Kenya: On 25 August, S&P Global Ratings affirmed Kenya’s B/B long- and short-term foreign- and local-currency credit ratings while keeping the outlook negative.
The rating agency stated that the challenging conditions for international eurobond issuance, alongside pressure in Kenya’s domestic markets, continue to pose debt-refinancing challenges. However, an increase in foreign currency lending by donors in recent months is expected to provide Kenya with sufficient foreign exchange reserves to meet its commercial debt obligations in 2023 and 2024.
Meanwhile, despite the legal challenges, Kenya’s recent passage of its Finance Bill 2023 supports gradual fiscal consolidation and will reduce the government’s net domestic foreign borrowing requirements over time. According to S&P, the negative outlook is largely reflective of risks to Kenya’s external debt-servicing capacity due to constrained access to international capital markets. S&P also noted that it considers tightened liquidity in the domestic capital markets, partly fuelled by inflation and interest rate pressures.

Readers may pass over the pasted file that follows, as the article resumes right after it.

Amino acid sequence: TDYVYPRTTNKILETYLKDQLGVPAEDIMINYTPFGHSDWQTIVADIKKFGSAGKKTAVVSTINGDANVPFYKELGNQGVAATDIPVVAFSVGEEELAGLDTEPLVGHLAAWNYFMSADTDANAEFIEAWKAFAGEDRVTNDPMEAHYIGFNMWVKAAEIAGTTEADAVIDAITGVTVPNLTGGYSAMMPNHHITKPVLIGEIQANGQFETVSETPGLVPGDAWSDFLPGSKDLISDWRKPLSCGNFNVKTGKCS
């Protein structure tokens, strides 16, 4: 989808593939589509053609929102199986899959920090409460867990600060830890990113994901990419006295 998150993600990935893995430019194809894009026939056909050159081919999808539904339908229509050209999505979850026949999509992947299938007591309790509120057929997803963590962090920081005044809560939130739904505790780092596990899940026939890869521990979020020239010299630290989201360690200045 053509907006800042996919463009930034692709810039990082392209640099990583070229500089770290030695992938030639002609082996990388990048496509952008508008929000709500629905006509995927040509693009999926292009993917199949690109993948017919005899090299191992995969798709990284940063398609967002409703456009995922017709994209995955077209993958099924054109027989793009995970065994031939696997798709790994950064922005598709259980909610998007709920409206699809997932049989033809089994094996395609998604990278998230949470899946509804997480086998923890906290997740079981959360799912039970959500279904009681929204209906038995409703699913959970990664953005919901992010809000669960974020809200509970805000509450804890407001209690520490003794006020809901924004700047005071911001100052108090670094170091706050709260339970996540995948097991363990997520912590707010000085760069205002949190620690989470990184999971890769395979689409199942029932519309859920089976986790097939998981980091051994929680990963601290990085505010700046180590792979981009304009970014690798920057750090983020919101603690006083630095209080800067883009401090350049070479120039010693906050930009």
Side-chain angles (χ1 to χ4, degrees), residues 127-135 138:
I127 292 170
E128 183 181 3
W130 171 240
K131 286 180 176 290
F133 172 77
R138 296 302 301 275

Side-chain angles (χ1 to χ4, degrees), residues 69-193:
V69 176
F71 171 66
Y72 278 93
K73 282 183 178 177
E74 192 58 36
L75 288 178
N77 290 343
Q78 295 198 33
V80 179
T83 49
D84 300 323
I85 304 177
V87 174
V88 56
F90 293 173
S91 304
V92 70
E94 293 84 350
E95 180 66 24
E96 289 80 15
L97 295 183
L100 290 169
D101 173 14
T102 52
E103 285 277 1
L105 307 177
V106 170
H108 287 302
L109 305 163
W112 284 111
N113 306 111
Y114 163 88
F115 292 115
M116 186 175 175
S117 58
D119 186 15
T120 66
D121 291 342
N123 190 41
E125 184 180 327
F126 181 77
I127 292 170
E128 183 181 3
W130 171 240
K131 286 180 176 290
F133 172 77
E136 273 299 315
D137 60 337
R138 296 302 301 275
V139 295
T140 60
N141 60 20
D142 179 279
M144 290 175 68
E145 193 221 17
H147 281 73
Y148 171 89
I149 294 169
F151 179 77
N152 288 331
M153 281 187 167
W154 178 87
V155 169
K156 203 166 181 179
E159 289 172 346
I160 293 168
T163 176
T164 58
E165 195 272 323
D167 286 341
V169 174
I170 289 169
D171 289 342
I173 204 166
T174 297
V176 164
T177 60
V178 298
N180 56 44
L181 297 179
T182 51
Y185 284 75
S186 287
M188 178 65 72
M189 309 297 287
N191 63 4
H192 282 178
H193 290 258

If Kenya’s external refinancing pressures mount due to a sustained decline in foreign exchange reserves or if S&P views any potential debt-repurchase operations to be akin to a distressed exchange, the ratings could be lowered. Limited progress on fiscal consolidation would also lead to a lowering of ratings.
Meanwhile, the outlook could be revised to stable in the next six to twelve months if Kenya’s external and domestic financing pressures are contained, and S&P sees evidence of significant progress toward fiscal consolidation. (ETM)